The Women Forgotten
the story of Maria Anna Mozart and other forgotten women
In February, around Valentine’s Day, my friends and I planned a girl’s night out. We all parked our cars along the road and carried our bags into our friend’s house to all get ready together because, for us, getting ready together is half of the fun. It was a whirlwind of glitter, wine bottles, cigarettes, mascara wands out of their tubes, eye shadow sprinkled onto the table like some kind of party drug. Clothes were flying everywhere and music was playing and there were a lot of laughs and hugs. That’s what I think of when I think of the women in my life. A beautiful whirlwind.
I have countless women in my life who have inspired, motivated, and strengthened me. Women who fight through so many obstacles that their lives look like Spartan Races. I’ve seen my mother overcome addiction and PTSD, and I’ve seen a close friend take their first steps after an accident. I’ve seen women whose hearts have been broken and women who experienced loss and grief that continue to love and be strong. When bones break they grow back stronger and with women, I think that’s true about their hearts also.
The women I know all have a strength of spirit and heart that is intoxicating to be a part of, all while still staying loving and caring. They are truly amazing, beautiful, and resilient. But I’m not going to write about any of them right now because they’ve inspired me my entire life in everything they do. Instead, I’m going to write about all of the women forgotten. Particularly one woman, and that’s Maria Anna Mozart.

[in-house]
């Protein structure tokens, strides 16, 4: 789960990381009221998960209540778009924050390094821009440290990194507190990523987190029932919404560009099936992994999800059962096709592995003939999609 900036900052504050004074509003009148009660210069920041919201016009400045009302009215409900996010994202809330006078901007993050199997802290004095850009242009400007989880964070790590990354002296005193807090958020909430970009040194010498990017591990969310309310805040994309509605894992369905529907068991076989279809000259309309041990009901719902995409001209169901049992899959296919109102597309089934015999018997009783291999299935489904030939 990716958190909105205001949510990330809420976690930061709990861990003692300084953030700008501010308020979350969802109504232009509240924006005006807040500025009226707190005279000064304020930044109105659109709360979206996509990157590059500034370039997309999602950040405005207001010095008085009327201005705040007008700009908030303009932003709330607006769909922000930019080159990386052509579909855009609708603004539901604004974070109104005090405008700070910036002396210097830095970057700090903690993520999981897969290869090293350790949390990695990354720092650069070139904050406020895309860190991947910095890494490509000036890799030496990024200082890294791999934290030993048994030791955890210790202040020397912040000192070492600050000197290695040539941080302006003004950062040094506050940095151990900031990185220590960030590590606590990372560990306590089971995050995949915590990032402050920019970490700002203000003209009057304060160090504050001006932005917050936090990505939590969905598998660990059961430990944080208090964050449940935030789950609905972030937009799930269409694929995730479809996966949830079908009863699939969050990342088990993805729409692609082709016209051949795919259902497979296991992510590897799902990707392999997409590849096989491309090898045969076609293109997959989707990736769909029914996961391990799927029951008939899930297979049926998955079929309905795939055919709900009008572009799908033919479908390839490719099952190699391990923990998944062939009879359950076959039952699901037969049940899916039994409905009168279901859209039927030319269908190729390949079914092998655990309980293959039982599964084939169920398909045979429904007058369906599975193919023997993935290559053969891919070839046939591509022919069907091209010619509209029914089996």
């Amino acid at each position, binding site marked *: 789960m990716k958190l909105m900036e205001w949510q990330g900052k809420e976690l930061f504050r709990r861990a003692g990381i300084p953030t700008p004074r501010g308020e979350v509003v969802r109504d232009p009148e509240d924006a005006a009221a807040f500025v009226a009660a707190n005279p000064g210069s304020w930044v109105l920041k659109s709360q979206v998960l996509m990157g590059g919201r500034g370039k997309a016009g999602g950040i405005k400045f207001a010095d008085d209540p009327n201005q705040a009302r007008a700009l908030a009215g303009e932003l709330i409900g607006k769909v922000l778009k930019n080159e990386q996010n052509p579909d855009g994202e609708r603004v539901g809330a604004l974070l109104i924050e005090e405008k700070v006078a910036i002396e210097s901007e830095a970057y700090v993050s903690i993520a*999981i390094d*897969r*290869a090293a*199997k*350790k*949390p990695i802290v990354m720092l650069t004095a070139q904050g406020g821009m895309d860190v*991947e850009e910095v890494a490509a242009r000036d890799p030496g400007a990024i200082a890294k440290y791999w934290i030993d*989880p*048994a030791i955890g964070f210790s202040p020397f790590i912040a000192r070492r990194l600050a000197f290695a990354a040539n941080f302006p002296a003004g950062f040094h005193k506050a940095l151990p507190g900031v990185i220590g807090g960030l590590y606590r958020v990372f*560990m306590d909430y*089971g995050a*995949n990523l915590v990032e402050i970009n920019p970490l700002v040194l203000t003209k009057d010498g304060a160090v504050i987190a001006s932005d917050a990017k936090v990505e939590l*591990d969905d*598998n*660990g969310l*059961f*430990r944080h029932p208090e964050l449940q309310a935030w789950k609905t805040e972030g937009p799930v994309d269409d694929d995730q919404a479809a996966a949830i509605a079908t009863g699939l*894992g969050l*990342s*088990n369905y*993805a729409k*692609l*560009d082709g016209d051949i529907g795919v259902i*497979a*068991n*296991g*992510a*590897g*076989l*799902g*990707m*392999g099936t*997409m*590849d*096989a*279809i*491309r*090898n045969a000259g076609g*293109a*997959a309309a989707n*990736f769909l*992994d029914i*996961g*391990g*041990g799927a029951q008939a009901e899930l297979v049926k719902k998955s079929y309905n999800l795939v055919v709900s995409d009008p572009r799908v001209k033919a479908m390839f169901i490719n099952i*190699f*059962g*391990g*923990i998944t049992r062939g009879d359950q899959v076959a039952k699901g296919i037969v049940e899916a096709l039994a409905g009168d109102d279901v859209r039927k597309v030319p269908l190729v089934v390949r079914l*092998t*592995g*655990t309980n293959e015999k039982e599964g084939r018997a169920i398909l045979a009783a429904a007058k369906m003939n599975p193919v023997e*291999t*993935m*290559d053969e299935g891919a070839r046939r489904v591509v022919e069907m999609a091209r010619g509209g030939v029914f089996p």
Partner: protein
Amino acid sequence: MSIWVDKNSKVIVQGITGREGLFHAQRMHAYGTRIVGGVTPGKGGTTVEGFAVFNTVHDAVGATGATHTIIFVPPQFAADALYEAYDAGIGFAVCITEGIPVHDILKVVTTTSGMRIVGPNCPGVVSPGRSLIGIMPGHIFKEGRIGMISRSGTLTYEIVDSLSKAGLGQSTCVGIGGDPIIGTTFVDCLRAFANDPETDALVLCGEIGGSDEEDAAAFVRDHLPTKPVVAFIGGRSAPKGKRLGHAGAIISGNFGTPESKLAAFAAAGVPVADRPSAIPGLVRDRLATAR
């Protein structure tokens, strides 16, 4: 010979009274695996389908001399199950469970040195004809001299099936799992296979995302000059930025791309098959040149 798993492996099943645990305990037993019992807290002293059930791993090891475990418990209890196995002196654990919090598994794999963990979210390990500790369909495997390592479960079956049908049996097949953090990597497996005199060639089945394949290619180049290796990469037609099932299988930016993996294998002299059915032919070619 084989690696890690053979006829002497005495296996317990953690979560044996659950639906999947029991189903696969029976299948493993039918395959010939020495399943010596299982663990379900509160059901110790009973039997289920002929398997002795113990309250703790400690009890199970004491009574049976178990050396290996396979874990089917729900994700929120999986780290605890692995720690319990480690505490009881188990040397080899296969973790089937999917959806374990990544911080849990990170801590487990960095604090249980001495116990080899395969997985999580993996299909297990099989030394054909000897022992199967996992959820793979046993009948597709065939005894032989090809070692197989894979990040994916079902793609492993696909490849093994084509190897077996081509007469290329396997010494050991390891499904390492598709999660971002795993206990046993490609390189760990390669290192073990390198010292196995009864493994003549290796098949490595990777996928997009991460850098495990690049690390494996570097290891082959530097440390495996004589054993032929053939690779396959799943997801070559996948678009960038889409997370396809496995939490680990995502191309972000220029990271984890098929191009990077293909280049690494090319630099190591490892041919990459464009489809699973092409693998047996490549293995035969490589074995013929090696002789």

A couple of weeks ago I first read about Maria Anna Mozart, who at a young age was supposedly just as talented as her brother, the famous Mozart himself. I didn’t even know about her until I stumbled across a promotion of a book mentioning her. How had I never heard of her? So I did some more research and I found out why.
Back in the early 1800s, when Maria Anna was alive, society didn’t believe that women should have lives that focused around the arts; they were just supposed to get married. So, in that regard, Maria Anna’s father forced her to stop playing music and get married, which she did. And the world forgot her name.
Her brother’s fame is obviously well known. But I couldn’t stop thinking about what could have been if Maria Anna was “allowed” to continue music. The only reason I’m she’s even remotely mentioned now is because of her brother’s fame, and it made me think of all of the other women over time whose talents had been muzzled. The amount of art, music, and writing that didn’t come to be. The minds that were forced to shut their doors because they were women’s minds.
It’s no hidden secret that this and worse has happened to countless women over centuries, but hearing about Maria Anna Mozart really struck a chord with me. And it made me very aware of all of the times women have been forgotten or dismissed even though they were undeniably talented.
Many of the women writers that are known now originally published anonymously, such as Jane Austen and Mary Shelley when she published Frankenstein. Or some even used a fictional pen name that sounded like a man’s name such as A.M. Barnard, Louisa May Alcott’s (Little Women) pen name for her darker novels that weren’t fitting for a woman to write. And these were women that persevered through society’s standards and still wrote anyway. But women shouldn’t have to choose between society and the arts, and many women would have continued to create had they been given the chance and respect they deserve.
So, this is for all of the women creators, artists and really just for all women. With Maria Anna Mozart on the mind, I will continue to create because even though women still face daily adversity, we now have more of a chance to create and show our minds and our art - and nothing is more inspiring than the women who came before us.